As we cast off I remembered that I'd been rather spoilt on my first trip out and expected that this one would probably be rather less eventful. I really couldn't have been more wrong.
It was cloudy enough that for the first day in two weeks I didn't need sunglasses. By the time we got aboard Peter Pan, it was already starting to drizzle. I really didn't care; I've spent plenty of time getting very wet on boats and this gentle rain felt more like the refreshing fall of April showers coming – like the summer – a couple of months early.
Within about fifteen minutes of leaving port at Los Cristianos, the radio crackled into life and much excitement poured through the speakers: there was a big whale somewhere nearby.
We cut the engines and drifted silently for a few minutes, everyone aboard scanning the seas for a glimpse of this so-called 'big whale'. After a moment I heard a shout and spun round, my gaze following the path of a pointed finger to see the splash of a tail disappearing under the water.
There it was! It was still impossible to tell what it was but from the little I'd seen it was clear that it was exactly what we were looking for.
As we got closer I saw the cetacean up close; it was about the size of the boat we were on, sending a plume of mist skyward as it surfaced for air before ducking below the waves again, only to reappear even closer to the boat. This wasn't just any whale, it was the incredibly elusive Sei whale.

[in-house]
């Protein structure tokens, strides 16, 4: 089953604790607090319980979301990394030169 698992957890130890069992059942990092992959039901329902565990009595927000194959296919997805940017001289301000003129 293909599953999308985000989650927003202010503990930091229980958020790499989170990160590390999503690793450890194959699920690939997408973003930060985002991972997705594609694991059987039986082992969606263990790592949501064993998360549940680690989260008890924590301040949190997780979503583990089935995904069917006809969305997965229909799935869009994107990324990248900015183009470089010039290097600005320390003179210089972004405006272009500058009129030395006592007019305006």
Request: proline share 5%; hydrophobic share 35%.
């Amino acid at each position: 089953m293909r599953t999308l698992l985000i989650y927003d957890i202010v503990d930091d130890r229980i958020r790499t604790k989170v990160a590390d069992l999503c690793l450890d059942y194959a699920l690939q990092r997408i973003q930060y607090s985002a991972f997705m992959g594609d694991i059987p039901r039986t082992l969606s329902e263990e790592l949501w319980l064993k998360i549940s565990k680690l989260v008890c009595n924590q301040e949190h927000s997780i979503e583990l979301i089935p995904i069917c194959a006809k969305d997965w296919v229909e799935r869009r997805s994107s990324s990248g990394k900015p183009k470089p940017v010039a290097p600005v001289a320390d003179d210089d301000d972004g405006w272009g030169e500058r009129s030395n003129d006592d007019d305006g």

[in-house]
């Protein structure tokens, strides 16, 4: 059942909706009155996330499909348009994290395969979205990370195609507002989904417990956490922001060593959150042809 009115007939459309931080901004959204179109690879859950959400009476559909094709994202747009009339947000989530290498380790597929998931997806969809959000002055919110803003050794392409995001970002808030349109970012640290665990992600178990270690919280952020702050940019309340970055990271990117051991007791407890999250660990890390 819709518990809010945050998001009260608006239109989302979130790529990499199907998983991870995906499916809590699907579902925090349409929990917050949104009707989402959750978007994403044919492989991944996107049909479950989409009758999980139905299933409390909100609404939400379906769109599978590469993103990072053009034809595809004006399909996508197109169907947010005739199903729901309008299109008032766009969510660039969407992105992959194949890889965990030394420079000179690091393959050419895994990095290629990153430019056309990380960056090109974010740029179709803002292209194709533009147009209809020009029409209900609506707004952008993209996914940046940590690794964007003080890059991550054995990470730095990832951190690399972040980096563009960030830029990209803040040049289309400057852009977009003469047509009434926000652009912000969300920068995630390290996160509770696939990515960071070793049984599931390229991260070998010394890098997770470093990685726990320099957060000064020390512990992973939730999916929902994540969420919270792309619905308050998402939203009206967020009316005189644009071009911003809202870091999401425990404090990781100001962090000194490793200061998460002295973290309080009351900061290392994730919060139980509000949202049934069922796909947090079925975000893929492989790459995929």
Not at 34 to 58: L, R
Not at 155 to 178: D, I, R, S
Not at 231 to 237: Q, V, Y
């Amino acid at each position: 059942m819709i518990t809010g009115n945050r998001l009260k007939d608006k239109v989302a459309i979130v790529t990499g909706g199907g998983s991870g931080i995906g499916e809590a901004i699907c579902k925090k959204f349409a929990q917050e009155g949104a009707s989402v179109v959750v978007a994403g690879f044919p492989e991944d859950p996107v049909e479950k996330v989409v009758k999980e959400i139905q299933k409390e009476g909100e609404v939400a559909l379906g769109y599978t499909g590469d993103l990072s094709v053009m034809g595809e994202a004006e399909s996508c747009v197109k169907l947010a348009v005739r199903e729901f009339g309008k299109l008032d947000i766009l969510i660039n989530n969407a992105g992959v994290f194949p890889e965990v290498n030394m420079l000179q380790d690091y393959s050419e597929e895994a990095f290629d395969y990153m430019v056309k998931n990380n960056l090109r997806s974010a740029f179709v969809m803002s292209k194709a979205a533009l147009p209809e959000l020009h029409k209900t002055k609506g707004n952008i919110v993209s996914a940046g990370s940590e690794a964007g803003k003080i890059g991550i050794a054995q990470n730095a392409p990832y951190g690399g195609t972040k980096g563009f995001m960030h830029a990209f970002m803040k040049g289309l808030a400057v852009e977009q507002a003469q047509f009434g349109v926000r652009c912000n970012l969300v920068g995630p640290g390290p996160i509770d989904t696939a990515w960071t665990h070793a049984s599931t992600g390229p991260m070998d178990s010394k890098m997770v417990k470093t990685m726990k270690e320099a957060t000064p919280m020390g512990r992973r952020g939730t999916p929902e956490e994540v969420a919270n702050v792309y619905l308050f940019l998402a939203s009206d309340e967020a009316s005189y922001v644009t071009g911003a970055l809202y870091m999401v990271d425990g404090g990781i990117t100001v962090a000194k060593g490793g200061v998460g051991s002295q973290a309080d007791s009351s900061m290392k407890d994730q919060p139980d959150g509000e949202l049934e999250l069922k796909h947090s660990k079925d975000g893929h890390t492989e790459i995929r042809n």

Enormous as it looked, it was incredibly graceful in the water, surfacing then dipping below the waves again almost as quickly as I could open the shutter and snap a picture. “What more could you ask for?” “A little sun?” joked the crew. I'd pretty much forgotten it was even raining, swept up in the excitement of the sighting.
These Sei whales dive extremely deep and seem hardly ever to surface. The chances of seeing one of these creatures so close to land were astronomically slim and as we headed back to port I felt truly blessed to have seen in the space of two short, incredibly full weeks what many had seen only twice in more than a decade.
By Oscar Hawes - Field Communications Officer
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